Review: Octopath Traveller (Switch) - TheFamicast.com: Japan-based Nintendo Podcasts, Videos & Reviews!

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Sunday, August 5, 2018

Review: Octopath Traveller (Switch)

by Michael Brandse

Come for good old fashioned JRPG gameplay. Stay for the sexy battle music.

Warning: this review contains some spoilers about events early in the game. 

Back when the Switch was first revealed and the initial game line-up was announced, there was one game that rather stood out from the pack. Sporting a visual style that harkened back to the days of the Super Nintendo, but all rendered with all the modern visual flair, I know that I at least had my eyes on Octopath Traveller from that moment onwards. About one and a half year later, the game has finally come out. Was it worth the wait?
  
First of all, the game is drop-dead gorgeous. Using a retro style is nothing new, especially since it’s the style of choice for many indie game developers. Where Octopath Traveller distinguishes itself from the rest however, is that they applied this pixel art on a fully realized 3D world. What you get is an absolutely stunning combination of the best of the pixel art of yore and the best of modern techniques.
 
Like any traditional JRPG, you will be spending a lot of time in battle. It’s a good thing then that Octopath Traveller’s battle system is amazing. It skillfully uses two very simple mechanics. The first mechanic is that your characters can boost. If you have enough boost points, you can use them to unleash a barrage of attacks or up your special skill potency. The second mechanic is that you can break your opponent’s defense. Every enemy has a number of weak points and to break their defenses, you have to hit the enemy’s weak points a certain number of times. Break the enemy and they will be left open for massive damage. This means that a major part of your strategy will be when to break which enemy to maximize damage output, while balancing your boost points. Plan badly, and you may leave yourself open to massive damage.

Make no mistake; enemies in this game can hit hard. While the game is by no means the most difficult game I have played, it is no slouch either. Fortunately, the game communicates well what level they expect you to have in each area you visit. Despite that the game will still sometimes throw you a nasty curve ball, and you will find your entire team one-shotted even if your level is at the recommended level. Every character has their own unique class with its own unique skills. While some classes are more useful than the others, overall every class has its uses. Additionally, after clearing the initial chapters, you will also become able to find job classes, enabling each of your characters to equip a secondary job allowing for some customization to really start hitting those weak points. It should be noted for those who hate it; this game has moments in which you have to grind. I found the amount of grind tolerable, but some people may be less forgiving than I am.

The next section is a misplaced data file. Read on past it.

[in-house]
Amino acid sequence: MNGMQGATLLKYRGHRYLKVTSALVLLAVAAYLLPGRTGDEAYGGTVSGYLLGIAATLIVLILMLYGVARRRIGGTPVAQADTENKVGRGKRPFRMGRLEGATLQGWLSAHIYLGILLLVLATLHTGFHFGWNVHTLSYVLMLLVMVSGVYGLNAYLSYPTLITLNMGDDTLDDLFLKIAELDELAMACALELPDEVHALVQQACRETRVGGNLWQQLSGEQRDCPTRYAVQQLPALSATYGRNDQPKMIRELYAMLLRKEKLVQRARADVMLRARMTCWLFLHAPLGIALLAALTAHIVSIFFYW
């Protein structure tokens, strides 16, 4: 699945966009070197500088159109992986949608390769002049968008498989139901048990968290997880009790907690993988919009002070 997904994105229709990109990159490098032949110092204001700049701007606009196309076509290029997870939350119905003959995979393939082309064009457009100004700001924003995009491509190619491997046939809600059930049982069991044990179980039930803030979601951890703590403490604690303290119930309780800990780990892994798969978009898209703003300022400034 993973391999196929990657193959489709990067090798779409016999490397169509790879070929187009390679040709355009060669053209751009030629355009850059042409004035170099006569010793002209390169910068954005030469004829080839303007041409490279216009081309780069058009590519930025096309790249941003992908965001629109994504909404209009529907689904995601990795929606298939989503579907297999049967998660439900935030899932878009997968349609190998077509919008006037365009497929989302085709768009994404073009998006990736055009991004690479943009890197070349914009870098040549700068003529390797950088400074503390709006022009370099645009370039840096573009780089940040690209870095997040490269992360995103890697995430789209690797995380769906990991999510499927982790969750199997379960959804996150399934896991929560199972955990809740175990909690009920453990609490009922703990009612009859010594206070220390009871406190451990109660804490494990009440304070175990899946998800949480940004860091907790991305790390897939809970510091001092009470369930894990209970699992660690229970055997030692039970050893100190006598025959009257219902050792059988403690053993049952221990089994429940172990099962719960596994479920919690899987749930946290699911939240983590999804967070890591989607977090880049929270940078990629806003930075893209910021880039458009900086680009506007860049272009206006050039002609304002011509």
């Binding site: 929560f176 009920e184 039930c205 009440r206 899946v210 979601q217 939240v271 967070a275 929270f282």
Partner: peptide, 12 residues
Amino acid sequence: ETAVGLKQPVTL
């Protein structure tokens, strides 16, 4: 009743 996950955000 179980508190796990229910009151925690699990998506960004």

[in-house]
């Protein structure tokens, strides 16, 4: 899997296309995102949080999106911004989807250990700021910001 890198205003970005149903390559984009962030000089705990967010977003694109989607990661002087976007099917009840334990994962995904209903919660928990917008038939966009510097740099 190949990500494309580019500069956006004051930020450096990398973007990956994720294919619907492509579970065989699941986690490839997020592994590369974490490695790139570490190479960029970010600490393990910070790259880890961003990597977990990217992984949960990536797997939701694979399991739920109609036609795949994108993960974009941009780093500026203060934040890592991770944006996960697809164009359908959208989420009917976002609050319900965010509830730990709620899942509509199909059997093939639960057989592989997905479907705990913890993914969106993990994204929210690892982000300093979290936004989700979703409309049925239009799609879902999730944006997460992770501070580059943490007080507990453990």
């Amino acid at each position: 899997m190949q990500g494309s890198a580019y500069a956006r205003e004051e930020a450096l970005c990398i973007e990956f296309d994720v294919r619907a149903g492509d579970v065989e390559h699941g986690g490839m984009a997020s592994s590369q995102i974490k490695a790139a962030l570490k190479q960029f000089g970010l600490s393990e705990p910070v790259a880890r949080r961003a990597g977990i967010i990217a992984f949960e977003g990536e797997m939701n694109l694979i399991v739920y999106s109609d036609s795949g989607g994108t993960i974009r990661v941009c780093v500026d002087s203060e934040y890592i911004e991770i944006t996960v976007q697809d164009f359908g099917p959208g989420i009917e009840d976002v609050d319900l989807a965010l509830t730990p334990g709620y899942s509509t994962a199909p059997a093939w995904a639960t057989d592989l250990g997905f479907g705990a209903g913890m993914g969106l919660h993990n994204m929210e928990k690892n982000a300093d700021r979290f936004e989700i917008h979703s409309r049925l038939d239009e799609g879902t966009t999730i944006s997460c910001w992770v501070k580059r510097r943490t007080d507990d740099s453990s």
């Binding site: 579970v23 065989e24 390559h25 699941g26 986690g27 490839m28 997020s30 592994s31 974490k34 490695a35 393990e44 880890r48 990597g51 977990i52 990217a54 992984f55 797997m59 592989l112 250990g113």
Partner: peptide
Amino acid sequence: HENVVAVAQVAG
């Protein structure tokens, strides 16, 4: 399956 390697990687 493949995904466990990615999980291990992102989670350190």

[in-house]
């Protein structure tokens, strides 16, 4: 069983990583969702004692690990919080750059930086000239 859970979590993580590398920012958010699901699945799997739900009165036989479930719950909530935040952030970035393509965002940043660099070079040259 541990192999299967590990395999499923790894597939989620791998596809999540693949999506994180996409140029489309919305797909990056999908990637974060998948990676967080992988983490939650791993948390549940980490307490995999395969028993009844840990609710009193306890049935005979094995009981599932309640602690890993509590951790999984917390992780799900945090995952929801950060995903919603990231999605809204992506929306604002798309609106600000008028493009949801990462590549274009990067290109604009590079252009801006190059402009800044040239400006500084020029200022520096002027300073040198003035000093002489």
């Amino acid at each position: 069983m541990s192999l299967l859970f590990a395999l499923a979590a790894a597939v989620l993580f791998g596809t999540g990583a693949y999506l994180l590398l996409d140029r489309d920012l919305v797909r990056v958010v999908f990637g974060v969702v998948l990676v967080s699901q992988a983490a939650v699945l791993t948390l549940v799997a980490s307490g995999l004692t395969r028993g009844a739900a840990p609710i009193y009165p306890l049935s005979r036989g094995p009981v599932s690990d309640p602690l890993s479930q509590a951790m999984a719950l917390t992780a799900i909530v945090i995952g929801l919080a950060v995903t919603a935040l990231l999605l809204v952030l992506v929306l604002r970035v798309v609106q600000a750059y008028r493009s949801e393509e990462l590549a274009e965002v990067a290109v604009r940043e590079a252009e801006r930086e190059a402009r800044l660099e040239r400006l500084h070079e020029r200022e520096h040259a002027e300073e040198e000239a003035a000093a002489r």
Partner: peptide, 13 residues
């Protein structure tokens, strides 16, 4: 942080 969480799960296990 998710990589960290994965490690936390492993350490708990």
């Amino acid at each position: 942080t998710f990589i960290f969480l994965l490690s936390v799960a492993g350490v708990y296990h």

Outside of battle, an important part of Octopath Traveller is the interactions between the NPCs in the world and the main characters, by a system they have called path actions. Every character has their own unique action. One character can challenge NPCs to battle, another can steal from them, and so on. It’s a ton of fun to use these path actions and they also play a major role in clearing the game’s many sub quests and main quests. I found myself looking forward to each new town to see what kind of stuff they had waiting for me.
 
Story wise, the game is not like your average JRPG. Whereas JRPGs generally draw you into a massive world and tend to make the stakes about something fantastical, Octopath Traveller is more about the individual. The game has eight characters and each character has their own unique story taking place all over the world of the game. I believe this is one of the strengths of Octopath Traveller. For instance, you are no longer trying to destroy an almighty ancient evil, but you are trying to clear your name because someone duped you early on in the story. While the individual stories are interesting, don’t expect any overlap between them though. There is some story banter between team mates you can listen to during main missions, but that’s all the overlap you can expect. The only downside to the narrative are the characters themselves. They may team up, but they seem to do so in a “you scratch my back, I scratch yours” kind of deal. This creates some obvious clashes between character personalities that the game just completely ignores. For instance, you can duel an old man with the honorable knight Obleric, pound him to mush, thank him for the opportunity and then rob his wife blind with the thief Therion. It’s hilarious, but it doesn’t make much sense that Obleric would just allow Therion to do that.

Finally, the music is downright amazing. While town themes and over world themes are pleasant enough, I found myself falling in love with the fantastic battle music! Octopath Traveller truly has some rocking tunes and made me remember why it was battle music that I looked forward to the most when playing JRPGs. It also shows how much care went into making this game. For instance, when encountering a boss each character has its own introduction theme, which then blends seamlessly into the boss theme giving already awesome music a bit of individual flair. It’s great.  
 
While I could go on and on about this game, I will stop here. If you have any love for old school JRPGs or have any love for pixel art, you owe it to yourself to get this game. It’s a great addition to the Switch game library and can proudly present itself next to the other greats of the system. Now, if you will excuse me, I will find those sexy battle themes, put them on repeat and listen to them forever! 

Final Score 9.0

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